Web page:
MSc thesis: Highest efficiency fiber coupling for squeezed light transport into vacuum chambers

Stellenangebot vom 23. Januar 2023

Squeezed light sources have been routinely used in the past years to improve the sensitivity of gravitational-wave detectors (GWDs) beyond their shot noise limitation. The used squeezed vacuum states of light are highly susceptible to optical loss and misalignment. Therefore, a low optical loss and alignment stable transfer method might be beneficial to transfer squeezed states of light from the squeezer to the main vacuum system of a GWD.

We want to test the potential of optical fibers to transfer strongly squeezed states of light to a vacuum chamber and detect them with an in-vacuum homodyne detector, which also has to be designed.

This should allow a direct comparison to results obtained with squeezed light sources built in-vacuum to in-air squeezed light generation, which are currently better performing, and its fiber transfer to a vacuum chamber.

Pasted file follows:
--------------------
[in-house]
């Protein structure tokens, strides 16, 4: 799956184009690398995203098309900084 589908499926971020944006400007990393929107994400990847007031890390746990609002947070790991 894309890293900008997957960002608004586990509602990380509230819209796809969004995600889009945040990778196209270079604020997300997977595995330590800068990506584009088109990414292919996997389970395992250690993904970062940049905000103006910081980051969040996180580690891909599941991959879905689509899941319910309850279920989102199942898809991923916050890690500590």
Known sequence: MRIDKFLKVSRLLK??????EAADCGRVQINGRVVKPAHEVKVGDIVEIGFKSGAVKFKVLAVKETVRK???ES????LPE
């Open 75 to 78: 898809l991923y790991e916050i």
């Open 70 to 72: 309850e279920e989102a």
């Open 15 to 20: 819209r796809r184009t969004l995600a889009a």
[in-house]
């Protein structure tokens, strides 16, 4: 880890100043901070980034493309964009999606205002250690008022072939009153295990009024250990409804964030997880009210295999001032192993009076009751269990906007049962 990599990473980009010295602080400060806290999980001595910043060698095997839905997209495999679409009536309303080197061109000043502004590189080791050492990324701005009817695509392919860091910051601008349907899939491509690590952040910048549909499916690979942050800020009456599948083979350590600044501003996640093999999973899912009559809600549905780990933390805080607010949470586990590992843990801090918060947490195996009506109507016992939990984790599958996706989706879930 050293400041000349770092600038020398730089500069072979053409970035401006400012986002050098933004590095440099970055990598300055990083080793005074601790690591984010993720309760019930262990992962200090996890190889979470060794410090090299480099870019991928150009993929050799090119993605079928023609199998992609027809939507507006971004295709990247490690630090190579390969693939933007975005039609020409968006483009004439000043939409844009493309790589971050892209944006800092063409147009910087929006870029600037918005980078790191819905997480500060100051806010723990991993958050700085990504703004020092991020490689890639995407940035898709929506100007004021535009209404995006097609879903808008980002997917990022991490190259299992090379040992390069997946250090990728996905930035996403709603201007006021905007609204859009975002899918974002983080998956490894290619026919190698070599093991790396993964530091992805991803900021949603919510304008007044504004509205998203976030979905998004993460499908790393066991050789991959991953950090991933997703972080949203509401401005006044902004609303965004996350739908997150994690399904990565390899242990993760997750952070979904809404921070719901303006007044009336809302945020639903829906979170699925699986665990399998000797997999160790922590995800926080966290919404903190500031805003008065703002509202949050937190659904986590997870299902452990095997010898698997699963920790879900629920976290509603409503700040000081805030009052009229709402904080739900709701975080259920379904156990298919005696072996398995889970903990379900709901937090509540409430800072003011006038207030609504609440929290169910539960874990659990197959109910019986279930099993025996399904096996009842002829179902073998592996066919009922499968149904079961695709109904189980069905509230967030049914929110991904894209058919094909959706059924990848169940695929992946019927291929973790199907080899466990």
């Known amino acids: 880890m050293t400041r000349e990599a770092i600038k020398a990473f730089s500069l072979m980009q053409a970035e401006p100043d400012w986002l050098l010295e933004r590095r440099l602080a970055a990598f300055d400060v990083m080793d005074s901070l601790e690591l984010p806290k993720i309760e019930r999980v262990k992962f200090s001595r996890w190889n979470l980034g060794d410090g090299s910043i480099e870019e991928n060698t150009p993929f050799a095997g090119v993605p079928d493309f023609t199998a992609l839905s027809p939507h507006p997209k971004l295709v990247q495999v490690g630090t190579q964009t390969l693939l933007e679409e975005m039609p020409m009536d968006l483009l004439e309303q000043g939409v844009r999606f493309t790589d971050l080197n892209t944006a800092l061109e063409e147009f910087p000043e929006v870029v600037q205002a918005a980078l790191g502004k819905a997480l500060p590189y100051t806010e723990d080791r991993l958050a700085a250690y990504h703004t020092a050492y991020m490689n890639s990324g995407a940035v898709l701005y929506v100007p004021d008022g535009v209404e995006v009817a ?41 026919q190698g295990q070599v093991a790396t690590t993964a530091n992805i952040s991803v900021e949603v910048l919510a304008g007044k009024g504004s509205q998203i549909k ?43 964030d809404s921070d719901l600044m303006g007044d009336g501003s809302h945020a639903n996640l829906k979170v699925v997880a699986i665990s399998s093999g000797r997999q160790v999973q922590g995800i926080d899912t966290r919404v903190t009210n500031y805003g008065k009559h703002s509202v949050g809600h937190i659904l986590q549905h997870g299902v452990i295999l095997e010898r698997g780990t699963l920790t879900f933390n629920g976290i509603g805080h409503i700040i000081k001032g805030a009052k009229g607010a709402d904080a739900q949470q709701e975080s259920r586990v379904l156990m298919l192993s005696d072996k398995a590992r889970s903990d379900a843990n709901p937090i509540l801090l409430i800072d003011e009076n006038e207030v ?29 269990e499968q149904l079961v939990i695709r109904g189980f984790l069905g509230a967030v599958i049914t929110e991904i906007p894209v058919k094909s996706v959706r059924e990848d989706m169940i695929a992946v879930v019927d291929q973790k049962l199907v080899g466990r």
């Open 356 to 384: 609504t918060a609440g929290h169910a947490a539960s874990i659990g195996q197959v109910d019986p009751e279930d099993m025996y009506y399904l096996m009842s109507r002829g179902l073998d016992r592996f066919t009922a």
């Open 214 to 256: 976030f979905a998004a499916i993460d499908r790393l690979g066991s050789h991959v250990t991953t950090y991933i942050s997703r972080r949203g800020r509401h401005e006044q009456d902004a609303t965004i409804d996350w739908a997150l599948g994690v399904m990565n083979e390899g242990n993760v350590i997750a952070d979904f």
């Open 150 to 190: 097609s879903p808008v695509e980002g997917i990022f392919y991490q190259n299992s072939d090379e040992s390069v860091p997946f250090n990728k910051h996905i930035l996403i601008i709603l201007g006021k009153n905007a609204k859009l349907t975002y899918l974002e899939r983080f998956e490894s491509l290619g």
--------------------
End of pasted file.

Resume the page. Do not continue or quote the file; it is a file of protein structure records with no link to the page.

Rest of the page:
A reliable and straightforward transfer method for squeezed states of light could also enable the straightforward enhancement of other shot noise-limited metrology experiments.

Your tasks

  • The optical loss characterization of a transport fiber with endcaps.
  • Mechanical and electric design as well as assembly and test of an in-vacuum homodyne detector for squeezed light detection. (Optional with a tunable beam-splitting mirror).
  • Operation and modification of a squeezed light source to efficiently couple squeezed states of light to a transport fiber (see ref. below).
  • Characterization of the transfer efficiency for the squeezed states of light to compare this technique against an in-vacuum generation of squeezed light.

(Approximate work division: 40% laser lab work / 10% assembly of electric circuits / 50% computer design, simulation, and data evaluation with, e.g., Inventor, Eagle, MATLAB/Python, Gnuplot)



Meylahn, F.; Willke, B.; Vahlbruch, H.: Squeezed States of Light for Future Gravitational Wave Detectors at a Wavelength of 1550 nm. Physical Review Letters 129 (12), 121103 (2022)

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